Sunday, December 17, 2006

Schultze Gets the Blues

It's a little late for a relevant review, but I just watched the 2003 German movie Schultze Gets the Blues. If you're in the mood for a fast-paced action-adventure thriller, it's probably not the best time to watch it. But if you loved the slower-paced, blossoming (in the sense of layers unfolding and revealing themselves) movies, this is a good one.

I've told my friends that it's The Straight Story meets Babette's Feast.

Schultze is a German salt miner, forced into retirement and casting about for what to do with his life, who hears Louisiana zydeco music on the radio late one night. He pulls out his accordion and imitates the song, taking the simple folk melody he heard and playing it faster and faster until he's got the tempo but not quite the feel of what he heard. He shares the sound with his friends at a local concert with mixed results.

He sells everything he has and goes on a voyage, on a quest, for the music, taking a boat through the coastal waterways, canals, and bayous from Texas to Louisiana.

SPOILER ALERT: If you want to go rent the movie and come back, I'll wait. Take your time.

All right. Back now? Good.

So his quest takes him from German music in Texas, to Billy Jones and the Czech Boys to classic Cajun music to the zydeco he seeks. In fact, he ends up at a joint where he has an opportunity to dance to the same music he heard on the radio.

He has adventures and misunderstandings along the way -- I laughed out loud when the hunters landed a duck in his boat -- and the black woman at his last stop gives him water, a meal and the kindest of hospitality. We don't see her go through the process of figuring out about the music he was looking for; we only see him dancing at the joint. And then he goes short of breath and they take him home. He goes to sleep under a bright full moon, dreaming about Cajuns dancing to music he can't hear. And then a black cloud goes across the moon.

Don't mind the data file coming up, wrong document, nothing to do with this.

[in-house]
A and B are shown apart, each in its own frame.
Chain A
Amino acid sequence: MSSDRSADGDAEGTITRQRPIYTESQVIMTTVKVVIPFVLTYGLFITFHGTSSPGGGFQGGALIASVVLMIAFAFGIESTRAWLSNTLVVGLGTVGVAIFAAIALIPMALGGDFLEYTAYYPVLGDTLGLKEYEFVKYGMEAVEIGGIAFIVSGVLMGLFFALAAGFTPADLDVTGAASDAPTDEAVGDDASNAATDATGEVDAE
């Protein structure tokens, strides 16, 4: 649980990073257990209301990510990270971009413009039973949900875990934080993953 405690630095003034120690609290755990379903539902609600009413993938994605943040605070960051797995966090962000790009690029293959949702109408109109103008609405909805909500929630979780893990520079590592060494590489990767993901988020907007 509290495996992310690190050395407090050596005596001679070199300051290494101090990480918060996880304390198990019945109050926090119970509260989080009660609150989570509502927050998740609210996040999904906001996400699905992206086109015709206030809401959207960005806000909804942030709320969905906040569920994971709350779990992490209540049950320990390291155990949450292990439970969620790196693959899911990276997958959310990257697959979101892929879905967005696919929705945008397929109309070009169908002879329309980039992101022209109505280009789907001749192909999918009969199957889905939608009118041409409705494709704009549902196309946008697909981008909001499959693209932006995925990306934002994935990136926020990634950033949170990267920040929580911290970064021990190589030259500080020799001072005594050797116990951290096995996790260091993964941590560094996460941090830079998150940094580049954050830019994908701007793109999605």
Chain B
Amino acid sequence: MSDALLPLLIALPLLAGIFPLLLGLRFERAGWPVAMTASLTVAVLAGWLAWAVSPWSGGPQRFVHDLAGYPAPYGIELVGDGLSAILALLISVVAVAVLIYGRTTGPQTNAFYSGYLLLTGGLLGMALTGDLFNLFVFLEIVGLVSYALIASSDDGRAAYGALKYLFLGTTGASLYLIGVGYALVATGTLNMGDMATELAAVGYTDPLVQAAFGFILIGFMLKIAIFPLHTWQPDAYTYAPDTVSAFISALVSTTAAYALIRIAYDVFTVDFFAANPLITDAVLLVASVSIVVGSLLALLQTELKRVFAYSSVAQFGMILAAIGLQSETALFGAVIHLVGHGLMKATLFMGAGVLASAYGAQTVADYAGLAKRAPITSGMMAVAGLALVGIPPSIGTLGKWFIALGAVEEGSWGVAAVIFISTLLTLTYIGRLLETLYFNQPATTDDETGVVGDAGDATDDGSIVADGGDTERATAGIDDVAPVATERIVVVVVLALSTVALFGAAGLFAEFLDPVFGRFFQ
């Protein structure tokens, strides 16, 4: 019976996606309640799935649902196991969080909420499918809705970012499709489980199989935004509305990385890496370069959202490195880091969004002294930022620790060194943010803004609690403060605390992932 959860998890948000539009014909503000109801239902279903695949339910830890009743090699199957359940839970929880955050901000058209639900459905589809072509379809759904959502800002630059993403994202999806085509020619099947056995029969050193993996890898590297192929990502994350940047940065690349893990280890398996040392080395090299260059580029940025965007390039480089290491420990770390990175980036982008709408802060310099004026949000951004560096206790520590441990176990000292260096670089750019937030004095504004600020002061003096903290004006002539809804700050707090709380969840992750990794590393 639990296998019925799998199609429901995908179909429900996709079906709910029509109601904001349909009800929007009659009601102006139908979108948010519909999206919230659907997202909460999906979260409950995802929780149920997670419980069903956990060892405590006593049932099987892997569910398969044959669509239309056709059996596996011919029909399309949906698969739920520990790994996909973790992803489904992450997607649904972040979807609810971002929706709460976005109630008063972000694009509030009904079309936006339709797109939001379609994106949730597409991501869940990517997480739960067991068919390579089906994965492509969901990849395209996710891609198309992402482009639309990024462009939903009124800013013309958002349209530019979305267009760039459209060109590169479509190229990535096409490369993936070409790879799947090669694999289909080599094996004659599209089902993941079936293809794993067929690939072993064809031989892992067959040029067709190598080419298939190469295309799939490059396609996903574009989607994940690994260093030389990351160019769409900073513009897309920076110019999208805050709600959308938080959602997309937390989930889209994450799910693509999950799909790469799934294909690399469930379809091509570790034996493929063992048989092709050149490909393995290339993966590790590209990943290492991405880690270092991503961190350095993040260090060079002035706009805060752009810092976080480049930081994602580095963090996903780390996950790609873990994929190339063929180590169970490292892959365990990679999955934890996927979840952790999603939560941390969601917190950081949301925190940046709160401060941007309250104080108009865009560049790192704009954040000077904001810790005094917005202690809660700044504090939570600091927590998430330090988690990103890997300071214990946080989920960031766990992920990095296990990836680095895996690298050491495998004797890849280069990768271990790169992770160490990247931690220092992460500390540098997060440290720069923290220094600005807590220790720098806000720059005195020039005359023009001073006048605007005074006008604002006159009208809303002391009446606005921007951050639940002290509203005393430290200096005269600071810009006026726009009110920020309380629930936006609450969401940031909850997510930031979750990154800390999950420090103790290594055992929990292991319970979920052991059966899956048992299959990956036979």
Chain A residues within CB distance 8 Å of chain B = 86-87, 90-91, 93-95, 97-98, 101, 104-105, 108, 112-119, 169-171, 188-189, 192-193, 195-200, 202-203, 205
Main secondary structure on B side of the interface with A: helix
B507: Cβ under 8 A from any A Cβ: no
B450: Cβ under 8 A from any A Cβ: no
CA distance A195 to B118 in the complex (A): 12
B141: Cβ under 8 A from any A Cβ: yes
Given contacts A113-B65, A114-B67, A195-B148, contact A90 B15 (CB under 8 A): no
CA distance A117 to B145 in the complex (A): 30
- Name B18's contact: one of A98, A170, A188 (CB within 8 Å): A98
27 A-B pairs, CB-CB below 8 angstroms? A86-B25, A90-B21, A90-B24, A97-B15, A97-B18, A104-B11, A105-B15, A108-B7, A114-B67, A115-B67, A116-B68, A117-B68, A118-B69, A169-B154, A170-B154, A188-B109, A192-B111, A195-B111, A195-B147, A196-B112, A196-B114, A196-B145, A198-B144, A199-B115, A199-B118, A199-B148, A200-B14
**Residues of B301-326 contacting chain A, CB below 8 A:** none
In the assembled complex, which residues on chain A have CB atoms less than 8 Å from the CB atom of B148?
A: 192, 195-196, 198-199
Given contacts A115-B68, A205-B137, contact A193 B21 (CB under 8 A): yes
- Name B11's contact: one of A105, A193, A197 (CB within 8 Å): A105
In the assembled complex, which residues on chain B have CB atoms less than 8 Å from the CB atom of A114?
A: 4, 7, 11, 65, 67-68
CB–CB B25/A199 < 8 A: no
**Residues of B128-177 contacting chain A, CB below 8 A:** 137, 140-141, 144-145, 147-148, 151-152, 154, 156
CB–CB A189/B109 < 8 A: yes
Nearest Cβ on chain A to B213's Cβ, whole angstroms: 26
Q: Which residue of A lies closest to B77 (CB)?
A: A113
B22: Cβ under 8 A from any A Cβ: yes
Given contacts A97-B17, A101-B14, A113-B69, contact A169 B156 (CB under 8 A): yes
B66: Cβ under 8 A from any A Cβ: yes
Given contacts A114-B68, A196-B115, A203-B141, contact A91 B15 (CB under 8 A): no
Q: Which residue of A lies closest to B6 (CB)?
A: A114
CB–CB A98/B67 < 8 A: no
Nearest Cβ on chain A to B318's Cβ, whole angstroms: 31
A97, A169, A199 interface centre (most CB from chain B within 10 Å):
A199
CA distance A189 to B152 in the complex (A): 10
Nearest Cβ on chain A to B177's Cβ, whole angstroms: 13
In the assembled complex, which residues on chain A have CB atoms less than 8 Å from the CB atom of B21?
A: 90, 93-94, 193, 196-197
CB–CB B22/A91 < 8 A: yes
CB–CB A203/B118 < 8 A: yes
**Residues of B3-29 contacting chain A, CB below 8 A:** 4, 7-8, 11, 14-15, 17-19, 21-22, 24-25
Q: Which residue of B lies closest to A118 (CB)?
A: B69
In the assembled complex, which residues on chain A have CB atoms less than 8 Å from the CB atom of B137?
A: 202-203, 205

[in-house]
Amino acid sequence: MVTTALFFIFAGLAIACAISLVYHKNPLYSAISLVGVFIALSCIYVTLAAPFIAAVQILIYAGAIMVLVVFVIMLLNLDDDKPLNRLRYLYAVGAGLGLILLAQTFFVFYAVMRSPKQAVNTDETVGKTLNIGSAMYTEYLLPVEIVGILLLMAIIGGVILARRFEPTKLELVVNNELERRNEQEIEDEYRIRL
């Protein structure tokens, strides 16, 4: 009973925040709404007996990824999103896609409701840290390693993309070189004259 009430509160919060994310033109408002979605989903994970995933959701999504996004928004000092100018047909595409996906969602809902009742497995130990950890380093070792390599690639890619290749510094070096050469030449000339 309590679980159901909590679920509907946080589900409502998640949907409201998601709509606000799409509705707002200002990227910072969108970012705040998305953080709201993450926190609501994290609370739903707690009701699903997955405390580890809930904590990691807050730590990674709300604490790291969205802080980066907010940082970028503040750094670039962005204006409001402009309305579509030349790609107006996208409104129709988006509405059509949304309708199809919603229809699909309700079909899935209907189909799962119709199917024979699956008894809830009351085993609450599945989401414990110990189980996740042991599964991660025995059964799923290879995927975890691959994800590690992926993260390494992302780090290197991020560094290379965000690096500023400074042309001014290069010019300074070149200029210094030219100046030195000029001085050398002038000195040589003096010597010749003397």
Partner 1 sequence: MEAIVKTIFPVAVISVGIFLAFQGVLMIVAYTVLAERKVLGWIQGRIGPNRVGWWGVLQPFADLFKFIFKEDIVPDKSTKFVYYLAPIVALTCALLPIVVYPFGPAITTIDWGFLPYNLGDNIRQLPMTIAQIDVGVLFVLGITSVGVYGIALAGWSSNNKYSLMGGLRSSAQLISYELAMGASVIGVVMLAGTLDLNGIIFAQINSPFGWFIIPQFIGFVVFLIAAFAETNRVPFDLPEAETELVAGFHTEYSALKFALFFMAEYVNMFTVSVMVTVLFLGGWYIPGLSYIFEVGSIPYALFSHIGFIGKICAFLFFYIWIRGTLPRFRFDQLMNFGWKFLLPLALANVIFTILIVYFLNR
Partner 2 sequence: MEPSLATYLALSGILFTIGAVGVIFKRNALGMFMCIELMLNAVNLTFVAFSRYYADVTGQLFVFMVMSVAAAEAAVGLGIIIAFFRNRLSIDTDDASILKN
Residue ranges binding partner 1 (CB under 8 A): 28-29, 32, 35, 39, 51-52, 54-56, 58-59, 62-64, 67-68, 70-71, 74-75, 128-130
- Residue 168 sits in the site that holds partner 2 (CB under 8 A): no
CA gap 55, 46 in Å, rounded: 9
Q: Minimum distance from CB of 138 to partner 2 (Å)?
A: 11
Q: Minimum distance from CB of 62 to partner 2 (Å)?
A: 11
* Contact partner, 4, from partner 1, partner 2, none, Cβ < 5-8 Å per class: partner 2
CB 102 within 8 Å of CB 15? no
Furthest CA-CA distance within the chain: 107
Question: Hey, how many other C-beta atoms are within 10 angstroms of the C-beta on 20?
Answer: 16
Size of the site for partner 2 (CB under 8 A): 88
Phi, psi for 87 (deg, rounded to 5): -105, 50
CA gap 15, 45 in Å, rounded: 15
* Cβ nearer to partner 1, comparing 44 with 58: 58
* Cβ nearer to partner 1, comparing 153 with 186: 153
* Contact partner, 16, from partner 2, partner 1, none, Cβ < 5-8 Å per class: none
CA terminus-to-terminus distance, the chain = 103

The next scene opens with a musical funeral procession moving through a graveyard. I had been wanting Schultze to triumph, to learn to play the music and to go home and share it with the people there. So I'm watching the procession, thinking, "Did he die? Can't be. Maybe he's visiting a Cajun funeral." And the procession takes its slow cinematic time arriving, so that the viewer can consider all the possibilities.

But the musicians in the procession are the people from Schultze's home town, and they've gathered with their accordions and brass instruments to give him a good sendoff -- something like a Cajun funeral.

So he has triumphed, and he has, in some small way, transformed his community.

Like the painter in Tolkein's Leaf by Niggle, Schultze has had a glimpse of the beauty of another world (in this case, a continent away), a beauty he can only barely capture and not replicate. He goes on a journey to acquire that beauty, and it's a journey that takes his entire life to comprehend. And yet, even in his seeming failure, his all is enough.

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